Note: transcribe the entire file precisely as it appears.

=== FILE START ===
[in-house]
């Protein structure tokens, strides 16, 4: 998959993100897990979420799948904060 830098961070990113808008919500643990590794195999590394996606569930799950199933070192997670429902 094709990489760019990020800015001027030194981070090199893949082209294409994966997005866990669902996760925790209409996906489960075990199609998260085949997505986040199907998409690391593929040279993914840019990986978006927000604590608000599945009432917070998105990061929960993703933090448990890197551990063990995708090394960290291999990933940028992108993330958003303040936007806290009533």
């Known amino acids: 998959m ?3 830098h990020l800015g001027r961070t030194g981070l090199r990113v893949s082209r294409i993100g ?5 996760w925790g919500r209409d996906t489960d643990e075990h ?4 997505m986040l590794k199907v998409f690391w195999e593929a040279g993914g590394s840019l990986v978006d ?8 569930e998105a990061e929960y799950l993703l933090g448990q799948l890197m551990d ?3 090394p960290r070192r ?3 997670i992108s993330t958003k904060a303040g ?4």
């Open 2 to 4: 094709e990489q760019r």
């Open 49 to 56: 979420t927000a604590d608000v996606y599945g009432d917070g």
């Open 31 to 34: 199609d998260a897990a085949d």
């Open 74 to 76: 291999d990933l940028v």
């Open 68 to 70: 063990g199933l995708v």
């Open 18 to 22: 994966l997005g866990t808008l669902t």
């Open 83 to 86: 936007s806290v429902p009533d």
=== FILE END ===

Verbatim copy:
[in-house]
């Protein structure tokens, strides 16, 4: 998959993100897990979420799948904060 830098961070990113808008919500643990590794195999590394996606569930799950199933070192997670429902 094709990489760019990020800015001027030194981070090199893949082209294409994966997005866990669902996760925790209409996906489960075990199609998260085949997505986040199907998409690391593929040279993914840019990986978006927000604590608000599945009432917070998105990061929960993703933090448990890197551990063990995708090394960290291999990933940028992108993330958003303040936007806290009533």
């Known amino acids: 998959m ?3 830098h990020l800015g001027r961070t030194g981070l090199r990113v893949s082209r294409i993100g ?5 996760w925790g919500r209409d996906t489960d643990e075990h ?4 997505m986040l590794k199907v998409f690391w195999e593929a040279g993914g590394s840019l990986v978006d ?8 569930e998105a990061e929960y799950l993703l933090g448990q799948l890197m551990d ?3 090394p960290r070192r ?3 997670i992108s993330t958003k904060a303040g ?4």
């Open 2 to 4: 094709e990489q760019r």
């Open 49 to 56: 979420t927000a604590d608000v996606y599945g009432d917070g």
């Open 31 to 34: 199609d998260a897990a085949d």
């Open 74 to 76: 291999d990933l940028v």
């Open 68 to 70: 063990g199933l995708v």
């Open 18 to 22: 994966l997005g866990t808008l669902t």
């Open 83 to 86: 936007s806290v429902p009533d």